Cloud Ridge Naturalists
  From the Director's Desk

2010 Cloud Ridge Naturalists embarks on it’s fourth decade at a time when global-scale environmental degradation threatens every corner of our planet. The places we travel to—the Arctic, the marine and island ecosystems of the North Pacific and North Atlantic, the Sub-Antarctic islands and the Antarctic Continent, the temperate rainforests of the Pacific Northwest and their counterparts in Andean Patagonia, and western North America’s wilderness rivers—are at risk. Many of us believe that human civilization and the earth’s ecological systems are on a collision course—one that requires global-scale solutions as well as a renewed personal commitment by each of us if we are to forge a different outcome to this grim scenario.

Last year’s remarkable journeys—from the Russian Arctic to the Antarctic outpost of South Georgia—felt more like a requiem for what we’ve lost than a simple celebration of “place.” Amidst the wilderness beauty, Cloud Ridge participants witnessed the building momentum and impacts of human-wrought changes—global warming, deforestation, pollution, habitat fragmentation, the threat posed by invasive species, overfishing, and losses in both terrestrial and aquatic biodiversity. These impacts transcend international and ecological boundaries—and the implications for all of us are truly profound.

Last year’s field season marked a sea-change in how I view Cloud Ridge’s role in making a difference. We need to move beyond the “last great place” model that drives most ecotourism, and become better-informed stewards—not just “snapshot” sojourners. Our leadership position in environmental education allows us to support international conservation efforts by focusing on three distinct but complementary educational strategies:

(1) our traditional seminar program designed for the general public;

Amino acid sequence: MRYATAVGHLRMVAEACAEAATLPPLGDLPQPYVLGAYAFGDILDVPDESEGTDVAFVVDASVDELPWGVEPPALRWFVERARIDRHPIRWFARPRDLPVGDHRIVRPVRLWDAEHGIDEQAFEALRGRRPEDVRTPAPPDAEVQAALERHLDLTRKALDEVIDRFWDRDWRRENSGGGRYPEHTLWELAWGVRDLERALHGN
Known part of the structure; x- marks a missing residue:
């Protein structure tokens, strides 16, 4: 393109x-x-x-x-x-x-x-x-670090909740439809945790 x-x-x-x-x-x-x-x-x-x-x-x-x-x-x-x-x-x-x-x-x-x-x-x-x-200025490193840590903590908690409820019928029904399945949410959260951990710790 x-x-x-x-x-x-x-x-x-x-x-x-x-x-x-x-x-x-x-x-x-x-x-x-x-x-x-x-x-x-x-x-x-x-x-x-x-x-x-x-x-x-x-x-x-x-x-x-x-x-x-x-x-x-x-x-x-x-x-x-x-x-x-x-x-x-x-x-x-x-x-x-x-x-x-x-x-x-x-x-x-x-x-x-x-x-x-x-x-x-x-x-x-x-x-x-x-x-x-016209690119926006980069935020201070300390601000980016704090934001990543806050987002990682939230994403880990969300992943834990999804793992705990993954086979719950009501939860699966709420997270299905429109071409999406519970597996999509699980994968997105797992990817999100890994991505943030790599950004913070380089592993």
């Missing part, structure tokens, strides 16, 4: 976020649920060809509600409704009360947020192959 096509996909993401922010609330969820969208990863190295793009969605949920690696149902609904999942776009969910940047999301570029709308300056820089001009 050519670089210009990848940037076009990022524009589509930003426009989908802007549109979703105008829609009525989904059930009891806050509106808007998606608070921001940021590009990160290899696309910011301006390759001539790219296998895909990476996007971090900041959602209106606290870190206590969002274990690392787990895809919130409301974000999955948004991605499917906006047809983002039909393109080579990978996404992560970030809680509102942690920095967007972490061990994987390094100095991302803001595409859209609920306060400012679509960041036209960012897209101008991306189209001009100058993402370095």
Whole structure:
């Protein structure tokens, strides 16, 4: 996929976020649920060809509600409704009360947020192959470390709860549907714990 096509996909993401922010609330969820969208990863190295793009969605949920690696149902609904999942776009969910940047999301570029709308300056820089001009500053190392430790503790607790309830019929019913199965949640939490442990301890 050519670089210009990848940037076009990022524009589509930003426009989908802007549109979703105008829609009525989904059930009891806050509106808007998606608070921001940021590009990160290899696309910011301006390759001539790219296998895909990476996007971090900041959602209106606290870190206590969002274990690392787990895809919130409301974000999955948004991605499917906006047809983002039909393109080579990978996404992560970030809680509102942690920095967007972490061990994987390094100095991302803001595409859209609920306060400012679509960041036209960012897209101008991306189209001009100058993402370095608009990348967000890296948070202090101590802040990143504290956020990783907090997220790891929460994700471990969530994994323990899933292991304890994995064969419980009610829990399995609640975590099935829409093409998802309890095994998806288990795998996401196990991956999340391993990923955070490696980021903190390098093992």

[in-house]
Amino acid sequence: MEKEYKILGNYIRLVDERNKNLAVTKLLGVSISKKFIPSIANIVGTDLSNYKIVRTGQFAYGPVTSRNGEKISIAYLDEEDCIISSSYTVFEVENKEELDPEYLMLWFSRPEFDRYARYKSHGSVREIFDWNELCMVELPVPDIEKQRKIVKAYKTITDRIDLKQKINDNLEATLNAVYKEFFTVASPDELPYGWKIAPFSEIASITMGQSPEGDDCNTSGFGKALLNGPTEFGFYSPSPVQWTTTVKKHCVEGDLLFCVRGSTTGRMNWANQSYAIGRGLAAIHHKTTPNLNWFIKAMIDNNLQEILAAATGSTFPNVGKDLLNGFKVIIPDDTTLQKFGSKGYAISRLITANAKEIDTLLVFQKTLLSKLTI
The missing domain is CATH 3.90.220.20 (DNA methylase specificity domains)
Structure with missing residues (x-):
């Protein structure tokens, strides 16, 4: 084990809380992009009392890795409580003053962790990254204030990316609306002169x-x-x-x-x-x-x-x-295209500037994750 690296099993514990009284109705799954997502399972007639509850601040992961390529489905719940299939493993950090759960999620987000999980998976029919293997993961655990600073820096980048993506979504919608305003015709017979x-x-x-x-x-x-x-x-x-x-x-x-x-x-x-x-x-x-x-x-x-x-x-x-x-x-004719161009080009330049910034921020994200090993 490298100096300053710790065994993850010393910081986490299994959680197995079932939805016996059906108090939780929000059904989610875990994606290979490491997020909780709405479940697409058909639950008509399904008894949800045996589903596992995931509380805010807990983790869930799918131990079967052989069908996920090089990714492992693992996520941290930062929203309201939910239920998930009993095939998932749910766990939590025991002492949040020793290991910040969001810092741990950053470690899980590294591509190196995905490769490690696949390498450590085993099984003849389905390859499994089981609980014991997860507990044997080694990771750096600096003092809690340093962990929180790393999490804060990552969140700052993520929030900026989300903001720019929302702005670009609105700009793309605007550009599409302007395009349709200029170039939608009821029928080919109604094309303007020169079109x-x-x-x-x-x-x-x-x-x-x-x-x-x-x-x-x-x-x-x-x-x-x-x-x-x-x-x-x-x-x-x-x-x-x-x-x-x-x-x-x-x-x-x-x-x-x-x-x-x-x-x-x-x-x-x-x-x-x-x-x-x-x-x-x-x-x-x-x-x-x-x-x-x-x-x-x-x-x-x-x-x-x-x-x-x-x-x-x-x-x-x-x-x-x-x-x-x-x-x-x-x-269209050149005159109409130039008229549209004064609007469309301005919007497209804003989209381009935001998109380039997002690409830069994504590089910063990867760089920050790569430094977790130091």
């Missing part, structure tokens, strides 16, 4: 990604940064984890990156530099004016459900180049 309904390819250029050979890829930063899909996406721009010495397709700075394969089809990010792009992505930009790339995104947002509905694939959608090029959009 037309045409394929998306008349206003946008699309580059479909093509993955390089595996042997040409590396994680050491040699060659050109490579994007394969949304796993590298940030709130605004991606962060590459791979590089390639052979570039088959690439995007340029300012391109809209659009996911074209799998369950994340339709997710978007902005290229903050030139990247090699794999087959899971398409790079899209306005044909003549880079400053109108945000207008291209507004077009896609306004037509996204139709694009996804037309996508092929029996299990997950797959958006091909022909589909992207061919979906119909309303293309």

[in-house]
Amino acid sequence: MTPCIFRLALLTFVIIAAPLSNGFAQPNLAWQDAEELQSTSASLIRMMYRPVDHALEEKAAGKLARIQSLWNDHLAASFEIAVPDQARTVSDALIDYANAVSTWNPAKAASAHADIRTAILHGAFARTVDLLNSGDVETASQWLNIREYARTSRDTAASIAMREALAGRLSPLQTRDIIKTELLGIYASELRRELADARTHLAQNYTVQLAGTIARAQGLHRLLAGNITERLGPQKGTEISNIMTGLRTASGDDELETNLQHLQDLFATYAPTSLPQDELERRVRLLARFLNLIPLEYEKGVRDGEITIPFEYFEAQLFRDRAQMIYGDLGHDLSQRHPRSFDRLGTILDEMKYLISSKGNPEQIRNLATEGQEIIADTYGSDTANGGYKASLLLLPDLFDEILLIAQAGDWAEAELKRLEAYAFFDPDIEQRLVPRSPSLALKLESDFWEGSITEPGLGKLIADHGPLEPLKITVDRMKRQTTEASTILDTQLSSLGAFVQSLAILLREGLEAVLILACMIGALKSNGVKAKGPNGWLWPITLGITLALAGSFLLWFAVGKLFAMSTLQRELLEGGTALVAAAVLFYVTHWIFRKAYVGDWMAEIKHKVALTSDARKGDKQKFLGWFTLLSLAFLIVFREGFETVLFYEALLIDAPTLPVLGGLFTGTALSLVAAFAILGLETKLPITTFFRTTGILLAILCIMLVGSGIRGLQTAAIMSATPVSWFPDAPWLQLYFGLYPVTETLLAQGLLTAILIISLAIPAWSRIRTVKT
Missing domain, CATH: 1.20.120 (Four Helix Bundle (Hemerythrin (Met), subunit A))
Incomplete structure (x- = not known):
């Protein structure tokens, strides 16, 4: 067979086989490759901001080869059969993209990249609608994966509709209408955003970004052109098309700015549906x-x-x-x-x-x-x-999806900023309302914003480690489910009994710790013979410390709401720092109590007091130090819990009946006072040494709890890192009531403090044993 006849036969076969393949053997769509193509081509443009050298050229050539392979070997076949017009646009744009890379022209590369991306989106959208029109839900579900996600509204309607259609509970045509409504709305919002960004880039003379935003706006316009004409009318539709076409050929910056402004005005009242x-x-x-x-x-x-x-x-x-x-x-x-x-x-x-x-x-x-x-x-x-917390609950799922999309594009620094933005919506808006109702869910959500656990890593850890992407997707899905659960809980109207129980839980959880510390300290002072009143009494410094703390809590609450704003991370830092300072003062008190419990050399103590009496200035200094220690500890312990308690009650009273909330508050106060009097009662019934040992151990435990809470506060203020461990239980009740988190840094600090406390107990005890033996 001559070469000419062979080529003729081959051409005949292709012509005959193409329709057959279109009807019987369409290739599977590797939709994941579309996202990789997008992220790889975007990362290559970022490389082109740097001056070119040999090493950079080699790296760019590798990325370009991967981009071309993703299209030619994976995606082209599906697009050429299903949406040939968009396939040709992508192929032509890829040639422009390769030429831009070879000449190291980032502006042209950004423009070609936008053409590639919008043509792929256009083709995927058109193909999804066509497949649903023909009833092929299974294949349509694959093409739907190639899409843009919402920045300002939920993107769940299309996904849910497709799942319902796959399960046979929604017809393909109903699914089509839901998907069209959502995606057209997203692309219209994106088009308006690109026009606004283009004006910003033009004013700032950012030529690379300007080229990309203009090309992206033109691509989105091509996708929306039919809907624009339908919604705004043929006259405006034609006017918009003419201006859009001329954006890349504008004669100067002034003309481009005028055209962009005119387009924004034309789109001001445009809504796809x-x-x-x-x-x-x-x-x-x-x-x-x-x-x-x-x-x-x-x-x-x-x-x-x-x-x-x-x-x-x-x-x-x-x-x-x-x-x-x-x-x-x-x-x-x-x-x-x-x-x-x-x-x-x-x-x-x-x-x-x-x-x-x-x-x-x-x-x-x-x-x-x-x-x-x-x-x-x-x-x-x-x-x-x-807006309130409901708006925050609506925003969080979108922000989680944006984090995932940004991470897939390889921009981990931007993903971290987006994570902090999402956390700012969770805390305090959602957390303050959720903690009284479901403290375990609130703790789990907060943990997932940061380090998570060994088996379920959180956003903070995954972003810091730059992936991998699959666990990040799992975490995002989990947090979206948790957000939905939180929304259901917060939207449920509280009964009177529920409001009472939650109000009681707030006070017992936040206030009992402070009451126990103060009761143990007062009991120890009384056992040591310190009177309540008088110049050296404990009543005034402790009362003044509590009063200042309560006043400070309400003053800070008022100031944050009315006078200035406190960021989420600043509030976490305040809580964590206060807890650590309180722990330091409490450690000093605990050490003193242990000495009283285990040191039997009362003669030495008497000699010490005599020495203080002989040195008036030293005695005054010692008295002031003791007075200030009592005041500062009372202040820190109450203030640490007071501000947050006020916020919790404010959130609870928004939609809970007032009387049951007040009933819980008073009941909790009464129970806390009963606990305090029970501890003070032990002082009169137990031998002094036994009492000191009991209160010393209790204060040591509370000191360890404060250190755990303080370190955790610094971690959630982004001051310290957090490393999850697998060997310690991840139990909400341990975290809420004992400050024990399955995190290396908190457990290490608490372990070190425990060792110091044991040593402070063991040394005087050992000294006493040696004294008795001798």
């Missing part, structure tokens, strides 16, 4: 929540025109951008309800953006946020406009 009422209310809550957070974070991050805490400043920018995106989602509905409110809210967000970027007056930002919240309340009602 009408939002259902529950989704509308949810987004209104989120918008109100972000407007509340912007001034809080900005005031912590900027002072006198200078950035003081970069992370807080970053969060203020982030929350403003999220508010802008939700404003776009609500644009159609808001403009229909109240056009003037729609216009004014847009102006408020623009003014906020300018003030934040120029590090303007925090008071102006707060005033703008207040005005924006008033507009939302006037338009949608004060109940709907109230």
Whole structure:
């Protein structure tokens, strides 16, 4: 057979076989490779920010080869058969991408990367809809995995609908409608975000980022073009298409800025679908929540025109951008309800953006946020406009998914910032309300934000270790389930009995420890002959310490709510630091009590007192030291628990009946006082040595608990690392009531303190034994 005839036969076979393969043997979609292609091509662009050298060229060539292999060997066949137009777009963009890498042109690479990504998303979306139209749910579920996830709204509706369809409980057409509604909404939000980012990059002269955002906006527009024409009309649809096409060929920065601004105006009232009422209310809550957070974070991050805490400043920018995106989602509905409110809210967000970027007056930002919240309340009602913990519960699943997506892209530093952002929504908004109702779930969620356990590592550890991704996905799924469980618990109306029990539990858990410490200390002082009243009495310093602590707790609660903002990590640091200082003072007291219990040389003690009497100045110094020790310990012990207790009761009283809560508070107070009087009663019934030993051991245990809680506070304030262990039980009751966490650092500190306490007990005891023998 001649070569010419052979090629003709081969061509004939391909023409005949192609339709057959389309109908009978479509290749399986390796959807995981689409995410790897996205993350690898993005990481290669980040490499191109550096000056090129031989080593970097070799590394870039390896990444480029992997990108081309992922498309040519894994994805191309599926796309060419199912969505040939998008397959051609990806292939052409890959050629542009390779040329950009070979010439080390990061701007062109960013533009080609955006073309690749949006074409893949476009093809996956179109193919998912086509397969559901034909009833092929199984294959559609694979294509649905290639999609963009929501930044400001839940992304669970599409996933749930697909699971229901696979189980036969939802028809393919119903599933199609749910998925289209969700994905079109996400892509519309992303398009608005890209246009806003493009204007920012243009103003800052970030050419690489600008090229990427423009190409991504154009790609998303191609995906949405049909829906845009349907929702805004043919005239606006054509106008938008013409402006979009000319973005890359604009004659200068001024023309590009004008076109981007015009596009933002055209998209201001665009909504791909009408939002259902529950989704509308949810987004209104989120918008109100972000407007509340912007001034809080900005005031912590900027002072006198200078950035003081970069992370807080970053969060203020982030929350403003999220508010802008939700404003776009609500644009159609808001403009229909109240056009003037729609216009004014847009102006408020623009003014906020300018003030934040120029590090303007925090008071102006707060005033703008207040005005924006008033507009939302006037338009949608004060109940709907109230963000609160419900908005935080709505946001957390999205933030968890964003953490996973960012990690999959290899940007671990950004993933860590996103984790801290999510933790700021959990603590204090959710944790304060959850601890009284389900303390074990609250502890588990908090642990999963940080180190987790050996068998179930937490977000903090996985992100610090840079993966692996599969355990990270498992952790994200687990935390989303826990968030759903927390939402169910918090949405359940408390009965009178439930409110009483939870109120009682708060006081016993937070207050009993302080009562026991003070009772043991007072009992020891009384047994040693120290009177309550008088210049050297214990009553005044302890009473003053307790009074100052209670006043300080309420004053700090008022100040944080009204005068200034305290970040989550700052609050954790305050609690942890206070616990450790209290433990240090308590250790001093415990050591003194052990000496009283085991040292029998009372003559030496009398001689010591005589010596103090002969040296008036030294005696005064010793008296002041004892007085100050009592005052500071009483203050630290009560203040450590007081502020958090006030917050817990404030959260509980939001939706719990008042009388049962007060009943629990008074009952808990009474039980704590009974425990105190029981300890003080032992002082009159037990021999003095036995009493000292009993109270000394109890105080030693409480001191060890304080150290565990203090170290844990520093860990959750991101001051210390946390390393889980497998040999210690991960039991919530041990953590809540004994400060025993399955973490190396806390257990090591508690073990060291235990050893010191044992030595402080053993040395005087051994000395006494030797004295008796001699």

(2) the sponsorship of an annual field-based exchange program for scientists focusing on a specific ecosystem or conservation issue of critical concern; and

(3) support for publishing efforts (both print and visual media) emphasizing natural history and conservation biology. I invite you to download “Field Notes” and view slideshows (coming soon) highlighting our discoveries and conservation projects.

A globally-embraced environmental ethic is urgently needed—one based on a true understanding of the complex interrelationships that govern the natural world and the vulnerability of all species, ourselves included, should we fail to act with intelligence, foresight, and dispatch. This year’s offering, “In Darwin’s Footsteps,” is intended to honor the biodiversity that inspired one of the greatest scientific discoveries of all time. Clearly, our survival depends on informed, passionate citizen advocates for wilderness and the importance of biological diversity. We must spread the word, as effectively and as articulately as we can. Will it be enough? When I brood about the world my grandchildren are inheriting, I find a renewed sense of purpose and clarity in Jorge Luis Borges’ answer to an interviewer’s question:

Interviewer: “Do you think that we have a right to be hopeful?”

Jorge Luis Borges: “No. We have the obligation to be hopeful.”

~ Audrey Benedict

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